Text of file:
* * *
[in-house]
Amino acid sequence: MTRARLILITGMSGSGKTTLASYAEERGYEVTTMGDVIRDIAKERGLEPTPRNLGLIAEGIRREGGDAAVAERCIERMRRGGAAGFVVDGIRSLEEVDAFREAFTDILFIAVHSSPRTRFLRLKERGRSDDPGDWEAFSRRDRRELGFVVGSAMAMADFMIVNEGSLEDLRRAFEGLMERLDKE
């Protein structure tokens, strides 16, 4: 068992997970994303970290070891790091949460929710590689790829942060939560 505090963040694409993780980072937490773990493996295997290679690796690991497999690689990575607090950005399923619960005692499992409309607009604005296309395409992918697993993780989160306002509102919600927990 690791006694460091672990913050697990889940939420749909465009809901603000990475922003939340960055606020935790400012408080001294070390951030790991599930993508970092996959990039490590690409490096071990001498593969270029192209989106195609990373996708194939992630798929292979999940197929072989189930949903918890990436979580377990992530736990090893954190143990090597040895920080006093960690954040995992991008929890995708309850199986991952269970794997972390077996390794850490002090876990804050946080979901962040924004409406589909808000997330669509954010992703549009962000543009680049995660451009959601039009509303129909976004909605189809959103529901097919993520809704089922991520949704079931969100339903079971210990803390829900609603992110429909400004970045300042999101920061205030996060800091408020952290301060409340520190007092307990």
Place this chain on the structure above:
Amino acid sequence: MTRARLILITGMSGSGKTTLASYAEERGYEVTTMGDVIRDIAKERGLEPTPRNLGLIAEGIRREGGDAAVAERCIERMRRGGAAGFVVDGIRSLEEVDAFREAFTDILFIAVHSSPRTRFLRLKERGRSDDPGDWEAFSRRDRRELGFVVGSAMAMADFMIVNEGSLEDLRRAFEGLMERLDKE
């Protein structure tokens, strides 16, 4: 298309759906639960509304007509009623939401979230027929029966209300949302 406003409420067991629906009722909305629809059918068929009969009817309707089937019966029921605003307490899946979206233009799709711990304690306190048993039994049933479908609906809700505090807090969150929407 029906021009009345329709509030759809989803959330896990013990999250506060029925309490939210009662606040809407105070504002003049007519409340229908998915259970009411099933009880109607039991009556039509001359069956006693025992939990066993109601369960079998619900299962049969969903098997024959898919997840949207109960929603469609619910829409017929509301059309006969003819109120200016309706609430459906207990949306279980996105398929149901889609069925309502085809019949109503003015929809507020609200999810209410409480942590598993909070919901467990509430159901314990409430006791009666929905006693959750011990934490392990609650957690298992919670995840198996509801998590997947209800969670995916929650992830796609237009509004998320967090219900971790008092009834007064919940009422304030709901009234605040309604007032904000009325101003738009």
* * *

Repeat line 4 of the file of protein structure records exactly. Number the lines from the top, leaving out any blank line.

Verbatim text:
Place this chain on the structure above: